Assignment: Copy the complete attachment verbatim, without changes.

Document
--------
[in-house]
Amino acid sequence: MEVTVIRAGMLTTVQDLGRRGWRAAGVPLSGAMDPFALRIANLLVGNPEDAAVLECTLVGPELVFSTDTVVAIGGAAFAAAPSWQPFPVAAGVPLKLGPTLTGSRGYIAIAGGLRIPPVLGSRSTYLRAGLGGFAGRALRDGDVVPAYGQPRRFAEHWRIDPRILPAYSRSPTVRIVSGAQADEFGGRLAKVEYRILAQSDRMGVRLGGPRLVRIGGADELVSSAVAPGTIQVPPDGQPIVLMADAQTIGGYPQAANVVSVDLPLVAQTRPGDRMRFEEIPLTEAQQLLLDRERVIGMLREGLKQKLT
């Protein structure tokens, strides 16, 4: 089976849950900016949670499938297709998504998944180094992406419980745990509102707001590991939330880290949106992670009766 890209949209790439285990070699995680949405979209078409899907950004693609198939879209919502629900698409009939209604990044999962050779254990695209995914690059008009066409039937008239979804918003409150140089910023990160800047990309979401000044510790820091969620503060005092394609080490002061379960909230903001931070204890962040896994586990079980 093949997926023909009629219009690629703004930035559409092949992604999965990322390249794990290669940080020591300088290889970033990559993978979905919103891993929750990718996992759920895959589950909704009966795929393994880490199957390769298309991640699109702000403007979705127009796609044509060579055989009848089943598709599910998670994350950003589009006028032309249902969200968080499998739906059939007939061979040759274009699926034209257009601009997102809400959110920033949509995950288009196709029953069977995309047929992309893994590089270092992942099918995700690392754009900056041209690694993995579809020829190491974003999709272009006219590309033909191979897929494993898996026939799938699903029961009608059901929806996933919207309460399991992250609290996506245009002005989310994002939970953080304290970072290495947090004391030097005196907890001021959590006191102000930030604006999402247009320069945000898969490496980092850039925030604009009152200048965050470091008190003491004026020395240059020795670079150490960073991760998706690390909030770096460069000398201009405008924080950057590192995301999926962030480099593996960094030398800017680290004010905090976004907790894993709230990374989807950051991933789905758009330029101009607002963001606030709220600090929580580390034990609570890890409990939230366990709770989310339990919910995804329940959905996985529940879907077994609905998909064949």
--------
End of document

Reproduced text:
[in-house]
Amino acid sequence: MEVTVIRAGMLTTVQDLGRRGWRAAGVPLSGAMDPFALRIANLLVGNPEDAAVLECTLVGPELVFSTDTVVAIGGAAFAAAPSWQPFPVAAGVPLKLGPTLTGSRGYIAIAGGLRIPPVLGSRSTYLRAGLGGFAGRALRDGDVVPAYGQPRRFAEHWRIDPRILPAYSRSPTVRIVSGAQADEFGGRLAKVEYRILAQSDRMGVRLGGPRLVRIGGADELVSSAVAPGTIQVPPDGQPIVLMADAQTIGGYPQAANVVSVDLPLVAQTRPGDRMRFEEIPLTEAQQLLLDRERVIGMLREGLKQKLT
């Protein structure tokens, strides 16, 4: 089976849950900016949670499938297709998504998944180094992406419980745990509102707001590991939330880290949106992670009766 890209949209790439285990070699995680949405979209078409899907950004693609198939879209919502629900698409009939209604990044999962050779254990695209995914690059008009066409039937008239979804918003409150140089910023990160800047990309979401000044510790820091969620503060005092394609080490002061379960909230903001931070204890962040896994586990079980 093949997926023909009629219009690629703004930035559409092949992604999965990322390249794990290669940080020591300088290889970033990559993978979905919103891993929750990718996992759920895959589950909704009966795929393994880490199957390769298309991640699109702000403007979705127009796609044509060579055989009848089943598709599910998670994350950003589009006028032309249902969200968080499998739906059939007939061979040759274009699926034209257009601009997102809400959110920033949509995950288009196709029953069977995309047929992309893994590089270092992942099918995700690392754009900056041209690694993995579809020829190491974003999709272009006219590309033909191979897929494993898996026939799938699903029961009608059901929806996933919207309460399991992250609290996506245009002005989310994002939970953080304290970072290495947090004391030097005196907890001021959590006191102000930030604006999402247009320069945000898969490496980092850039925030604009009152200048965050470091008190003491004026020395240059020795670079150490960073991760998706690390909030770096460069000398201009405008924080950057590192995301999926962030480099593996960094030398800017680290004010905090976004907790894993709230990374989807950051991933789905758009330029101009607002963001606030709220600090929580580390034990609570890890409990939230366990709770989310339990919910995804329940959905996985529940879907077994609905998909064949």